Velvet dress; Coach boots (from last year); JCrew bracelet.

Getting Dressed: Blending In

Filed under: Style — Emily Reeves @ 9:49 am

Because presentation is vital and how you say it can be just as important as what you say.

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{fall green}
A morning judging a student pitch competition and an afternoon in the office.
JCrew turtleneck, skirt and belt (similar); Coach boots; Urban Outfitters jacket (similar); Louis Vuitton tote.

Getting Dressed: Wild

Filed under: Style — Emily Reeves @ 9:49 am

Because presentation is vital and how you say it can be just as important as what you say.

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{camo + leopard}
Casual Friday in the office.
JCrew tshirt and heels (similar); Chimala jeans; Urban Outfitters jacket (similar); Longchamp tote.

Getting Dressed: Fly Away

Filed under: Style — Emily Reeves @ 9:48 am

Because presentation is vital and how you say it can be just as important as what you say.

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{rain day}
Office work with a storm outside.
Anthropologie top; JCrew jeans; Hunter boots; Longchamp tote; Kate Spade and Paula Coles bracelets.

October 26, 2013

Book Review: Without Their Permission

Filed under: Book Review — Emily Reeves @ 4:53 pm

Without Their Permission: How the 21st Century Will Be Made, Not Managed by Alexis Ohanian (co-founder of reddit) is a book about entrepreneurship online. Ohanian tells the story of how reddit came to be, as well as the hipmunk, his venture after reddit through to becoming an investor and mentor to online startups. He ends the book by talking about his involvement to prevent SOPA and PIPA from becoming law and his passion for the open Internet to remain open. I learned a lot about SOPA and PIPA that I did not understand, but the true value of this book for me was the advice for startups and entrepreneurs. Ohanian has a straight-forward and honest way of writing that makes it easy to understand. This is yet another resource I wish I had read before starting my own business this past summer.

My favorite words of advice from this book include:

“All links are created equal.”

“An open Internet means a platform where what you know is more valuable than whom you know.”

“Everyone who creates something online has lost control of their message but in the process has gained access to a global audience.”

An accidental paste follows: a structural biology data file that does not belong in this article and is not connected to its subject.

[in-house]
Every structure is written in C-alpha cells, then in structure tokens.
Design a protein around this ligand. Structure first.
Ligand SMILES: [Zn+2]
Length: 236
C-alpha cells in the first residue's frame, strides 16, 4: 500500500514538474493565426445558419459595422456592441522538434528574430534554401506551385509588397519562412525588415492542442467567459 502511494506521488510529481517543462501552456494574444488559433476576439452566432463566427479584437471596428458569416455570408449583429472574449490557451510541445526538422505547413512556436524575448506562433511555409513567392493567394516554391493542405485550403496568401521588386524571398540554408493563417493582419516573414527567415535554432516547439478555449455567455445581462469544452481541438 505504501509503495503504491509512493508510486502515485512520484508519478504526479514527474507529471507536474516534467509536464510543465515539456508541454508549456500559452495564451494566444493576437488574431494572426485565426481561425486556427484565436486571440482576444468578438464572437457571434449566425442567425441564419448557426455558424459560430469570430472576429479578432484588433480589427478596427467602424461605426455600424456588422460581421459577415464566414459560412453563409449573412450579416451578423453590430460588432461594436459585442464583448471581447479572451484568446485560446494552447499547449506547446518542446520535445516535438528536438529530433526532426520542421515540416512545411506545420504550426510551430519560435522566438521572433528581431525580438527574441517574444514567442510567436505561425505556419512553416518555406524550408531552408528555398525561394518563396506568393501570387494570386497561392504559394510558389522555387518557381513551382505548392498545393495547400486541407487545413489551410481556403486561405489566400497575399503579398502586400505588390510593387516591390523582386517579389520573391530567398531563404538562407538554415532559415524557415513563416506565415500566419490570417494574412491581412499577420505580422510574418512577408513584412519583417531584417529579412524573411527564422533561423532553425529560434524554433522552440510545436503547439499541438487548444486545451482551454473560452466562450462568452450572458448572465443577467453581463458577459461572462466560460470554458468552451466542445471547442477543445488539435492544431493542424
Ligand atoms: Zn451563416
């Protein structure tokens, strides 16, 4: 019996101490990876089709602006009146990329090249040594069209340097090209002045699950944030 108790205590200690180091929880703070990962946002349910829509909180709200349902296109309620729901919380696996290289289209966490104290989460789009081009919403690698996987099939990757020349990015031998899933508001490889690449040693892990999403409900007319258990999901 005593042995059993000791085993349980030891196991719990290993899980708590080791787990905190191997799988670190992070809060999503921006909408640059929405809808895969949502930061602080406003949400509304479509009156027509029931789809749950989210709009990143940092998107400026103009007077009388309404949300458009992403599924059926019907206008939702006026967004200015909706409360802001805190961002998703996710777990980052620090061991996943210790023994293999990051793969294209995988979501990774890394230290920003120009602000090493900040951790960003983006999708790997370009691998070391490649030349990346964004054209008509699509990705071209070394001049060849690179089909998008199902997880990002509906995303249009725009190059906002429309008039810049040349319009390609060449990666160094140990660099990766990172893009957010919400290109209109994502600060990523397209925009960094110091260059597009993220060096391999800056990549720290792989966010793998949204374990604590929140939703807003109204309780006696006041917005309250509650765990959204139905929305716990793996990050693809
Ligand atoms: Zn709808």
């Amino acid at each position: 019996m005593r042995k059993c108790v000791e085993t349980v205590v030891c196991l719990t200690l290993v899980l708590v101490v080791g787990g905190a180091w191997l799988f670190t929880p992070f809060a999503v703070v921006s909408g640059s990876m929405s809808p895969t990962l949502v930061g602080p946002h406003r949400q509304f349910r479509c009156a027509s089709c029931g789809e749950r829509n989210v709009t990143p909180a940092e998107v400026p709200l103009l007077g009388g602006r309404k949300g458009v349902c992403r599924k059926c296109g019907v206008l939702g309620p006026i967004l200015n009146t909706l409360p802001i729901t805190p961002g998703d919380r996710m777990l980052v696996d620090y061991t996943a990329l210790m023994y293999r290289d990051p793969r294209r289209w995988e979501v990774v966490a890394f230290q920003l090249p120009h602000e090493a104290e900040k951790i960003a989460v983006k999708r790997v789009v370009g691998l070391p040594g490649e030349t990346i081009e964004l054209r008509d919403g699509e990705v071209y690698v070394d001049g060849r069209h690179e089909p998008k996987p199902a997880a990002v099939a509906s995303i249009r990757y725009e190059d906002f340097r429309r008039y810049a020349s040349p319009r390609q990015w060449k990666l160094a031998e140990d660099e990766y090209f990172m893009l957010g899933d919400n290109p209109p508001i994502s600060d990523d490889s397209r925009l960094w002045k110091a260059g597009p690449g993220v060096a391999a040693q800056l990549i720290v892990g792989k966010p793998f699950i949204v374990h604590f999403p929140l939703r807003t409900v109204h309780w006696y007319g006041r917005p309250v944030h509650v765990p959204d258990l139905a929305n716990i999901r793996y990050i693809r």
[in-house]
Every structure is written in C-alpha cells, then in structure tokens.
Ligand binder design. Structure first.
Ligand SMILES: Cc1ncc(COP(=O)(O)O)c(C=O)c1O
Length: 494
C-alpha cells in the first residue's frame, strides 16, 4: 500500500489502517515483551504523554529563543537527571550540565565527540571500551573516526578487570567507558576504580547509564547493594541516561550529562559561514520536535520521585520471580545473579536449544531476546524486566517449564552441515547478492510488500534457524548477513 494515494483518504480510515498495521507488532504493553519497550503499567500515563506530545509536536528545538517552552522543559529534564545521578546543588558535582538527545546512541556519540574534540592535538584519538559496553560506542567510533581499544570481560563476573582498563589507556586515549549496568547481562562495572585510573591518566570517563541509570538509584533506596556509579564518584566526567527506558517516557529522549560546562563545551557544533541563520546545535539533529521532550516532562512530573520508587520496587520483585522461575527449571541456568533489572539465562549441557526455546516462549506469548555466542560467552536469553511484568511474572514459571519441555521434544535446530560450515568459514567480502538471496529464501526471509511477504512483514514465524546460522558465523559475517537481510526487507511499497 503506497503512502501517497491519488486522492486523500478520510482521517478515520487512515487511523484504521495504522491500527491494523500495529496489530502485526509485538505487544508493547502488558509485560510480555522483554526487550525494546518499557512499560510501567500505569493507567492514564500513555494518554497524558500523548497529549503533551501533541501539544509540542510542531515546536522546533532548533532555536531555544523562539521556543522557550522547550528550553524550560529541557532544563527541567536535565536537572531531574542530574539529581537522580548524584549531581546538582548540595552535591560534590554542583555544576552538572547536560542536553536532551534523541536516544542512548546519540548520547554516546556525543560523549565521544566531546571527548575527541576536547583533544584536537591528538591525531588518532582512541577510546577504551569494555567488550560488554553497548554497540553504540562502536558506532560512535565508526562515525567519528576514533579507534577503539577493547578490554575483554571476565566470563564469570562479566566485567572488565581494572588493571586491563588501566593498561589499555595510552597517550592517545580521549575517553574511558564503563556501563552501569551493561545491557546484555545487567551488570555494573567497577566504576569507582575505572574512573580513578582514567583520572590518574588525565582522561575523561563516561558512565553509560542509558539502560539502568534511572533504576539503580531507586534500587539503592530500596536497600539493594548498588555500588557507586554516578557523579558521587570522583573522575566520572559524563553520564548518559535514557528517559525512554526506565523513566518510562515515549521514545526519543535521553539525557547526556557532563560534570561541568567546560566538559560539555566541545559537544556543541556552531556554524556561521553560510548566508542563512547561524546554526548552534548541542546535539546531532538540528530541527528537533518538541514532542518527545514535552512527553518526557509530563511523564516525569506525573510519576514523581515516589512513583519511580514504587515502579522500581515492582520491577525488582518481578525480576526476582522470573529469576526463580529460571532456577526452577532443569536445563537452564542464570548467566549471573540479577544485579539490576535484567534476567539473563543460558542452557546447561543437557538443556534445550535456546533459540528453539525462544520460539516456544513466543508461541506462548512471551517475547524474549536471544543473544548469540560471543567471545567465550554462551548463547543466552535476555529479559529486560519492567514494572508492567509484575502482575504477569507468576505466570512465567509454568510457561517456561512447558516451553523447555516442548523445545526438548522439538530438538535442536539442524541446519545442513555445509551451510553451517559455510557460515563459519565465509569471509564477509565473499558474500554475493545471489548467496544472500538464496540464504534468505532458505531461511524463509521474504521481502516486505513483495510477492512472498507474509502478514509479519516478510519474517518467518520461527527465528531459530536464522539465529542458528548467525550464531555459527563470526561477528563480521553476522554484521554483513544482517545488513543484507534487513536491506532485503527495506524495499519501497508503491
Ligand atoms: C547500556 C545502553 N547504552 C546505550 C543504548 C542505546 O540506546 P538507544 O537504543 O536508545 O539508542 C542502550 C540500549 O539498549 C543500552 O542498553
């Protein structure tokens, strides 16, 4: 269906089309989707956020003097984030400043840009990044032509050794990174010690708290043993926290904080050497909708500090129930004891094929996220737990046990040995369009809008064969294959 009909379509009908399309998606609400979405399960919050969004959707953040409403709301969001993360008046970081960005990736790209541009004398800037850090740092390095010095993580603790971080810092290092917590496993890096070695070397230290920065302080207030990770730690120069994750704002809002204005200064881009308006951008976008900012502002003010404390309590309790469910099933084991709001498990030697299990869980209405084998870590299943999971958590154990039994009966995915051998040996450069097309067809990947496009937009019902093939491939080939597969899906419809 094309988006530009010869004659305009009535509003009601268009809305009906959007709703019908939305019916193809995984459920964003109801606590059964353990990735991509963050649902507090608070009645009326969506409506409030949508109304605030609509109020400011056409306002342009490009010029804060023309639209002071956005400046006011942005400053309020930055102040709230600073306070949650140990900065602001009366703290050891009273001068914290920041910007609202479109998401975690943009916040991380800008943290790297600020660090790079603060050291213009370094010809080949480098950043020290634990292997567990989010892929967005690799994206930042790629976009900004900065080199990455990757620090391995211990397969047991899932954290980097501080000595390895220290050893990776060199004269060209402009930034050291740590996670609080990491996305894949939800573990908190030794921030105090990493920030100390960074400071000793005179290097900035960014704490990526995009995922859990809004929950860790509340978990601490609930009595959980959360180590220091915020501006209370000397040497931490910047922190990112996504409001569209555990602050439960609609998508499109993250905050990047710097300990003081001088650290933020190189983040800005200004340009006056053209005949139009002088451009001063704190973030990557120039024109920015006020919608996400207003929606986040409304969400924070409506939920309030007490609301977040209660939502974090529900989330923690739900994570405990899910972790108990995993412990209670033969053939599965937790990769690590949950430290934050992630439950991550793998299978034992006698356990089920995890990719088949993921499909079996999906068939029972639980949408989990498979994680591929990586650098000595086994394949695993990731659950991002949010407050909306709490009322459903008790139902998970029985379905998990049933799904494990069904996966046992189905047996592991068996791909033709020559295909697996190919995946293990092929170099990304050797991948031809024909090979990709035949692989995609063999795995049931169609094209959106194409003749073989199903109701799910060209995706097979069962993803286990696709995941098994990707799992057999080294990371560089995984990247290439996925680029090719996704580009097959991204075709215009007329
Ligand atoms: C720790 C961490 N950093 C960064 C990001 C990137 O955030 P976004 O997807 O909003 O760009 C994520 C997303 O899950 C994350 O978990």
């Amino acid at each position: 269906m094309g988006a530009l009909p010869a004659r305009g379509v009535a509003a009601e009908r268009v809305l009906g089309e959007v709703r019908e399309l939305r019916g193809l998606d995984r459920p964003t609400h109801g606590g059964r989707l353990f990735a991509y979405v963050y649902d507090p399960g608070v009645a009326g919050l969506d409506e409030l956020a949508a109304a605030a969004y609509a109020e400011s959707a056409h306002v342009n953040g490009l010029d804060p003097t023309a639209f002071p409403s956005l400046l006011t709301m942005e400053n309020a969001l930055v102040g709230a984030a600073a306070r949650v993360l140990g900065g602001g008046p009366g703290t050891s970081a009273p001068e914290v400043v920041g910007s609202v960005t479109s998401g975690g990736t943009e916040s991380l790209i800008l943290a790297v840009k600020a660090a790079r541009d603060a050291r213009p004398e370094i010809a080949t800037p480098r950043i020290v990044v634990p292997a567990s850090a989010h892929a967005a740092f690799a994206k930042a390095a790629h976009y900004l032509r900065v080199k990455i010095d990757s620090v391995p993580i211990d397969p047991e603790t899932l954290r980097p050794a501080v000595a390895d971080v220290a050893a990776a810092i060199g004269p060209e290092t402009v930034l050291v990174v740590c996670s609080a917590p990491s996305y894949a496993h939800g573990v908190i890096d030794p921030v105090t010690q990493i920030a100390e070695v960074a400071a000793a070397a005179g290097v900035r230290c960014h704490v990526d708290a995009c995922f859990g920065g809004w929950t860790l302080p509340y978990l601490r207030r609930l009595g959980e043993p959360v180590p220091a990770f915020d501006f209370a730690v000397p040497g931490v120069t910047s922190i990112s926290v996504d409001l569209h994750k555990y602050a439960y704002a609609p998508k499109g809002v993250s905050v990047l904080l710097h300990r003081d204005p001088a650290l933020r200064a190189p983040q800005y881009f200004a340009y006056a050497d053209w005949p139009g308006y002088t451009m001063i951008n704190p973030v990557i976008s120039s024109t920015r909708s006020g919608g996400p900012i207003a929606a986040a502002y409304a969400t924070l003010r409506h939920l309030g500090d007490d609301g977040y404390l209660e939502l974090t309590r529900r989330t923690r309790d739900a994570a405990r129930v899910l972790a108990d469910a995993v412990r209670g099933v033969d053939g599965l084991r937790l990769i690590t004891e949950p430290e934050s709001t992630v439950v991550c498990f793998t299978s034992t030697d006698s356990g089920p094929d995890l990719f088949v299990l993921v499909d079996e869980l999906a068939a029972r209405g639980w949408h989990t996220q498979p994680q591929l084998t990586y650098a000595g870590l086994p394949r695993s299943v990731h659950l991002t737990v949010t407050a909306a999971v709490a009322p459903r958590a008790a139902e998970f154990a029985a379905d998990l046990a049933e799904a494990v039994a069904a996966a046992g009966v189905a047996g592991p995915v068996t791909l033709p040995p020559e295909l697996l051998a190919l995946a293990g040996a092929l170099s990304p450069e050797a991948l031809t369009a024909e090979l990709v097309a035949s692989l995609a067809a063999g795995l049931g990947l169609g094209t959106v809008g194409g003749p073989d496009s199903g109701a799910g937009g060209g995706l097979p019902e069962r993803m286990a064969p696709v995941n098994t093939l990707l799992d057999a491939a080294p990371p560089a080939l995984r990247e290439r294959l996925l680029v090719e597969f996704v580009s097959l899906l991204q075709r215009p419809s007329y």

“You need three things to create a successful startup: to start with good people, to make something customers actually want, and to spend as little money as possible. Most startups that fail do it because they fail at one of these. A startup that does all three will probably succeed.”

“Make something people want.”

“Don’t be afraid to show your users that you give a damn. It should shine in everything you do, fem the design of your website to the way you respond to feedback emails.”

“Magic happens when you give a damn.”

“…you must be ‘relentlessly resourceful’ as a startup because you have so little going for you.”

“…pure hustle…”

“In the early stages, surrounding yourself with the right people is infinitely more important than having a good idea. Your relationship with your co-founder(s) is what’s more likely to make or break your company than the idea itself.”

“Find your customers right now and talk to them.”

“If you are not willing to really understand the industry you’re aspiring to reinvent, don’t bother starting a startup. Having industry experience is not only invaluable for building a great product or service, it also shows investors the dedication a successful founder needs to have.”

“Give more damson than anyone else, because there aren’t a lot of things a startup has going for it, except that its founders and employees certainly care more than the competition. And that makes all the difference.”

“If you’re looking to build a website and you’re not a builder, you’re more than likely going to have to try to become one.”

“Awesome people feed off one another and combine to form something greater than the individual parts.”

“These days, everyone you meet is part of the media.”

“I try to write emails in fewer than five sentences. Precision with impact is one of the most effective writing skills one can have.”

“Do or do not…there is no try.”

This is yet another book I highly recommend for those interested in starting a business based online.

Getting Dressed: Loose Fit

Filed under: Style — Emily Reeves @ 4:35 pm

Because presentation is vital and how you say it can be just as important as what you say.

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{Friday comfort}